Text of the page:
The problem with this story is that no one really knows what time of the year Jesus was born. Some have argued that Luke's description of the shepherds having their sheep in the fields suggests a time between March and December. In his commentary on Daniel, Hippolytus (165-235) says that Jesus was born on December 25th. But many scholars have also concluded that this statement looks like a later addition. The December 25th date does have support among some church fathers like John Chrysostom (345-407), but we also know that since the church fathers often copied from one another they also perpetuated each others mistakes. Thus, a bunch of people all saying the same thing does not make it so.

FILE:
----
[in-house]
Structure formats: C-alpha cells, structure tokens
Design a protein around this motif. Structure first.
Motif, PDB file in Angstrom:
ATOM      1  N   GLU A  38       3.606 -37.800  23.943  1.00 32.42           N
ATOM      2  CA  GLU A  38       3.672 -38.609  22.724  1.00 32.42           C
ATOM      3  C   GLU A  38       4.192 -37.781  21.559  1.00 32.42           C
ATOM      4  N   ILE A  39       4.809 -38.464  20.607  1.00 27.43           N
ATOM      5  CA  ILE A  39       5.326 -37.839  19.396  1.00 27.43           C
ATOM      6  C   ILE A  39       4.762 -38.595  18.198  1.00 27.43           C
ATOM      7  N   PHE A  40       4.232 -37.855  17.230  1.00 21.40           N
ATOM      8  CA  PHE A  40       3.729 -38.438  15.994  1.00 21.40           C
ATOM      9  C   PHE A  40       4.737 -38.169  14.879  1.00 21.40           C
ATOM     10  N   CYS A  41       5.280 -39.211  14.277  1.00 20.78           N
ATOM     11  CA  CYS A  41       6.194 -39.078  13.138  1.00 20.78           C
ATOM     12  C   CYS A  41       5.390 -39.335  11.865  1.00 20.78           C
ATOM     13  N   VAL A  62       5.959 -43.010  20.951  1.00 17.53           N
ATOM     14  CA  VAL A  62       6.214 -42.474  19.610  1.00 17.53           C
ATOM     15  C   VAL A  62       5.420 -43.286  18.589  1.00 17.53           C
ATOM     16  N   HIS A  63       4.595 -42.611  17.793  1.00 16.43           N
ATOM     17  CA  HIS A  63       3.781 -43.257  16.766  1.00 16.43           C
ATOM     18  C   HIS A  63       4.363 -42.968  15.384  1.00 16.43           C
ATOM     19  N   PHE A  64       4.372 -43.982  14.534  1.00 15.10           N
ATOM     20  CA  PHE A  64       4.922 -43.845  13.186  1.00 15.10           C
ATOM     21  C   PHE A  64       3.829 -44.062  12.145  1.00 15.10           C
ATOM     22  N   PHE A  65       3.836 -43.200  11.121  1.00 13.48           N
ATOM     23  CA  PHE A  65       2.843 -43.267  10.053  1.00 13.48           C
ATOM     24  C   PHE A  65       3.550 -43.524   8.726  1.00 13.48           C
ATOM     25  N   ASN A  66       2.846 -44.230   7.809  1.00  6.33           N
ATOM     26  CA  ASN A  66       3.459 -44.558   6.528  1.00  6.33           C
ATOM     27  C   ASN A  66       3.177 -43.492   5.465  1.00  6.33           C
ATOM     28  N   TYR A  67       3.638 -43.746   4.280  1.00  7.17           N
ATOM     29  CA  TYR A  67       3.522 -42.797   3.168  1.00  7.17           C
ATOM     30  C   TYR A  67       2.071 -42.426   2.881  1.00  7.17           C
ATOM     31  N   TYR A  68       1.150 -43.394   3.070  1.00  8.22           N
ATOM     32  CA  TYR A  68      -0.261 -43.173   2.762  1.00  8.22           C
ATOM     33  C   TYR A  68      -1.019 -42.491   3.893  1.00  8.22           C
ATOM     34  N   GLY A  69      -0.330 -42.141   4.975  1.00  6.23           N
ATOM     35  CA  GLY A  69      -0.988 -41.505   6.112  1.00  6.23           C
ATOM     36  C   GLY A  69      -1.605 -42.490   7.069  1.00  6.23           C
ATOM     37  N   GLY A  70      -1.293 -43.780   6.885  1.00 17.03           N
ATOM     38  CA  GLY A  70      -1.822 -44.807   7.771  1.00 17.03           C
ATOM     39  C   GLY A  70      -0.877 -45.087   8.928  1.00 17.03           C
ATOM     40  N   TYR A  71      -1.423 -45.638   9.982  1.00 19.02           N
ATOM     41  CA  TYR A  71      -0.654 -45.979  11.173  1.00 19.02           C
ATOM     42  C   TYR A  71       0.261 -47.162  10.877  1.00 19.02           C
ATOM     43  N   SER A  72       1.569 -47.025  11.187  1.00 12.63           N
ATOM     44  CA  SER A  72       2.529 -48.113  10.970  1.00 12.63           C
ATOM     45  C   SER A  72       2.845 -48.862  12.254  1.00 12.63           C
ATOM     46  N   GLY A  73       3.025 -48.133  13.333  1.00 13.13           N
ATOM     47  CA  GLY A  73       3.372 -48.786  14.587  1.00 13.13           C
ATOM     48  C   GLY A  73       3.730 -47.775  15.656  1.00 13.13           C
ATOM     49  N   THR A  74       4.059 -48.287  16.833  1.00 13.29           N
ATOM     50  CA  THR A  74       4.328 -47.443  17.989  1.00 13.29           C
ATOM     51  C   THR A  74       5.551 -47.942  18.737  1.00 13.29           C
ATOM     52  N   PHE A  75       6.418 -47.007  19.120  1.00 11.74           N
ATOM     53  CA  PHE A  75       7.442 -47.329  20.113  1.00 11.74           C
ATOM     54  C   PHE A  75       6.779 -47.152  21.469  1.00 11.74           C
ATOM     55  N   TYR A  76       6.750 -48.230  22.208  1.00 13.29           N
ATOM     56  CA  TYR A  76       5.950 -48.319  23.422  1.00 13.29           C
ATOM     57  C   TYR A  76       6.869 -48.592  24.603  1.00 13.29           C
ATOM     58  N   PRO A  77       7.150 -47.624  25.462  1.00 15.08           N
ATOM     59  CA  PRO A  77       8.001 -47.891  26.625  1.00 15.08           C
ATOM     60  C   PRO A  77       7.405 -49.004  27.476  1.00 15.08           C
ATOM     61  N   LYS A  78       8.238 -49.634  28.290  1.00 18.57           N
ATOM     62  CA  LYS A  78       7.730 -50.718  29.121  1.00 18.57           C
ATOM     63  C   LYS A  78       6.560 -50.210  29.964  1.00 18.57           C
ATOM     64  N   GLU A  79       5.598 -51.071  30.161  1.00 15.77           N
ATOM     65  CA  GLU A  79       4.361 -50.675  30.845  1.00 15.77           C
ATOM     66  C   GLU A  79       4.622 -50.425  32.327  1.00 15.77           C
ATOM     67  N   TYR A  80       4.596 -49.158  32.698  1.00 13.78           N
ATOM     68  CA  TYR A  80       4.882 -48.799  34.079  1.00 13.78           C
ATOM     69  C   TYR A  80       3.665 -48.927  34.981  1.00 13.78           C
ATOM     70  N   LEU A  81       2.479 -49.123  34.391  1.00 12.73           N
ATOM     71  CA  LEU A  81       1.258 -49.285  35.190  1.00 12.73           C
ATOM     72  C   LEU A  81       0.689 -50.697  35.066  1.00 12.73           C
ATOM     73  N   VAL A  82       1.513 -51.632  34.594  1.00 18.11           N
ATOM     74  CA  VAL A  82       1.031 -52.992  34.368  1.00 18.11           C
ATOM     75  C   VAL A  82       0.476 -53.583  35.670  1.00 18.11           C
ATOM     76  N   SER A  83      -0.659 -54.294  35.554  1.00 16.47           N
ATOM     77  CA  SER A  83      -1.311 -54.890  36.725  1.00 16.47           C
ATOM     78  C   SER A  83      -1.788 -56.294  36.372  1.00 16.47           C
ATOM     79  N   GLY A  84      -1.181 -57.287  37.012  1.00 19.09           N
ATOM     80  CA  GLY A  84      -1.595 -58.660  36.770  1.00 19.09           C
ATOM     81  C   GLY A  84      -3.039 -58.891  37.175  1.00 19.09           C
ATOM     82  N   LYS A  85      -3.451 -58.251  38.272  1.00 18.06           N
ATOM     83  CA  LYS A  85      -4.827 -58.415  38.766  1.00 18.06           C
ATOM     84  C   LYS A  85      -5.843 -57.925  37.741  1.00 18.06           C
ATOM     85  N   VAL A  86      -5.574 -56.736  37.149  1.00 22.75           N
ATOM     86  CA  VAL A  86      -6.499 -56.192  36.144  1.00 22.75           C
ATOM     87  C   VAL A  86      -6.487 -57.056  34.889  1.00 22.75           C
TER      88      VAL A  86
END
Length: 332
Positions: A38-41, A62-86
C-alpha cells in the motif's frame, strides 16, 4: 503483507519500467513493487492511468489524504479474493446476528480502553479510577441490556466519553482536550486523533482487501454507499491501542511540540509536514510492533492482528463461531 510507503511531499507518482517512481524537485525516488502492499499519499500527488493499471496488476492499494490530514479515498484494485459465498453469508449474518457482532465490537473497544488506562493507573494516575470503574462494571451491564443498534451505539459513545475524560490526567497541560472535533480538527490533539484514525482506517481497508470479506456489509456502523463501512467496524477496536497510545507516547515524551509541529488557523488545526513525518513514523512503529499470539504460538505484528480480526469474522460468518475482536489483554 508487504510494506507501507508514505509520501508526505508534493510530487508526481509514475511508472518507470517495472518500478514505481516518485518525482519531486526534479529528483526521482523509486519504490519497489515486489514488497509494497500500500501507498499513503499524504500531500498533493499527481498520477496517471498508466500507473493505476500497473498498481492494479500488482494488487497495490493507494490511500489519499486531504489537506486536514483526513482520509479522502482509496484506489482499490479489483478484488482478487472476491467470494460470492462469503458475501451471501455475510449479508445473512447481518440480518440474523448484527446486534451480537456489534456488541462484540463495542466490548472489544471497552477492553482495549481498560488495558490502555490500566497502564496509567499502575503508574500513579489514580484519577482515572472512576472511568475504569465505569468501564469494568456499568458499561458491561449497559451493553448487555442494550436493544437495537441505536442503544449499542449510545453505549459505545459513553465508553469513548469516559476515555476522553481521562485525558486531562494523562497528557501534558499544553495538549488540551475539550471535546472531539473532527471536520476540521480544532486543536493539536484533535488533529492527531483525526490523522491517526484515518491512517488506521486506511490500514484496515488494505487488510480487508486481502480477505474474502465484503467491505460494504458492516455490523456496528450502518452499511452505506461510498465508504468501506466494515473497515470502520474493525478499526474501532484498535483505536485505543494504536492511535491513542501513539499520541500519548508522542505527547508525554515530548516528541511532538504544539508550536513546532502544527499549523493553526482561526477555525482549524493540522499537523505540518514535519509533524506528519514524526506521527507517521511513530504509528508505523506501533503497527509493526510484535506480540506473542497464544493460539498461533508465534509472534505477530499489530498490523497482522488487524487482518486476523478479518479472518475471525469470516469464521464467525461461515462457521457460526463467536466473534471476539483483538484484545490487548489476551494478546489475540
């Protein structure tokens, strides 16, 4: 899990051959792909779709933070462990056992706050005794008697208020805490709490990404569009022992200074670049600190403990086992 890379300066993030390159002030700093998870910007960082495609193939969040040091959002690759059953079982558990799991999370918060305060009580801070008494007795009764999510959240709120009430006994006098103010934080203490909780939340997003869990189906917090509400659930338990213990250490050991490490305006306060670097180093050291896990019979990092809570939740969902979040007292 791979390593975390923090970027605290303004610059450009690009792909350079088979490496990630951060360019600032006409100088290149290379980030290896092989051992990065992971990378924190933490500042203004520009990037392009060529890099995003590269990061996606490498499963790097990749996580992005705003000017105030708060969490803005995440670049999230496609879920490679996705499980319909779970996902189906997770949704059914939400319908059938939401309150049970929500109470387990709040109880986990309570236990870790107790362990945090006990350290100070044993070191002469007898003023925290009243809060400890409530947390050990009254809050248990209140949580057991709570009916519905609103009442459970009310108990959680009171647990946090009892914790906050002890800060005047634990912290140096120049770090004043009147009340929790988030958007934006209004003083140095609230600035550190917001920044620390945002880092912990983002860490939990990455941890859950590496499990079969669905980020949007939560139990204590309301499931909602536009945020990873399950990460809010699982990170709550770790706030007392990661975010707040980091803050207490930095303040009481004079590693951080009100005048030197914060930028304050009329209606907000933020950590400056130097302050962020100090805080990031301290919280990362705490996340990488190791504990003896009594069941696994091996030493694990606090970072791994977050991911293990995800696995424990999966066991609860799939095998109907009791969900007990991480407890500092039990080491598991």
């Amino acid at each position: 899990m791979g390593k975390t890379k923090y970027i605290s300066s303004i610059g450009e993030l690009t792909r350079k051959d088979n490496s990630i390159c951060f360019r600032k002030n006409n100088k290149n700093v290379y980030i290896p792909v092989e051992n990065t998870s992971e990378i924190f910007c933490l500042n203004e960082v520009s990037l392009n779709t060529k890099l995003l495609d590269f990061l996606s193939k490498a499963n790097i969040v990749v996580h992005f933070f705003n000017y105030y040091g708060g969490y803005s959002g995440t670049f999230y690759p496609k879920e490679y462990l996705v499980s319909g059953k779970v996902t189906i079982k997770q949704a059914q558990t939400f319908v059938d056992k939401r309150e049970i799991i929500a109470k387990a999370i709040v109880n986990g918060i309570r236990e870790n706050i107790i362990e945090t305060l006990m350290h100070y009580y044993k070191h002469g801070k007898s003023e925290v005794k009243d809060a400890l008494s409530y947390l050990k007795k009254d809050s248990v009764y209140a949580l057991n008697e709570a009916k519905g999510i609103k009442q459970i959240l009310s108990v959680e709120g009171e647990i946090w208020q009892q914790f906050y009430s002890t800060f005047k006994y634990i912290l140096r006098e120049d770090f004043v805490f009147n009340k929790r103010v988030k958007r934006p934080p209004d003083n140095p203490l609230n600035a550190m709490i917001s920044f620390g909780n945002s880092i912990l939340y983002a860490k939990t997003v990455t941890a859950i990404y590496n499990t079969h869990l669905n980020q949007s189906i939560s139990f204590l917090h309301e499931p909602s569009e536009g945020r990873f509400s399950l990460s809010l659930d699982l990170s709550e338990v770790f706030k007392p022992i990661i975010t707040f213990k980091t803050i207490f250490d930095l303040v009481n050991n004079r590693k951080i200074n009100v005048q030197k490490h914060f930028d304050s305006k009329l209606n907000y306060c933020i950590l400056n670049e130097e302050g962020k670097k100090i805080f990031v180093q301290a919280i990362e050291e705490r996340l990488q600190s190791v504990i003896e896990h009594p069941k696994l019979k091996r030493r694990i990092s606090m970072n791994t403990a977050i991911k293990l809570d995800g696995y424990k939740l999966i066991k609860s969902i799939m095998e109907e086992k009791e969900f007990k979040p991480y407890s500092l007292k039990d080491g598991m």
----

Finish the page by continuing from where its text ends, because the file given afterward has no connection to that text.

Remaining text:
The December 25th date seems to have been set by the Roman church around the early fourth century. The date corresponds with solar dates. Thus Christmas falls around the time of the winter Solstice. It may also have been an attempt to do away with the celebration of Pagan holidays, but that is not certain.

Of course there is also the issue that Eastern Orthodox Churches celebrate the birth of Jesus on January 6th or 7th, which corresponds with the Western December 25th. The problem, you see, is that they use a different calendar.

In the end I don't think the date of Jesus' birth is as important as the event. We can do pretty good determining the year (circa 4-6 BCE), but not the day and month.

All of this makes me wonder why people get all worked up about the date of Jesus' birth. I have yet to hear anyone argue for celebrating Easter on the same day every year. Of the two I would think the celebration of Jesus' resurrection would be more important to Christians than the exact date of his birth. But somehow that never seems to be an issue.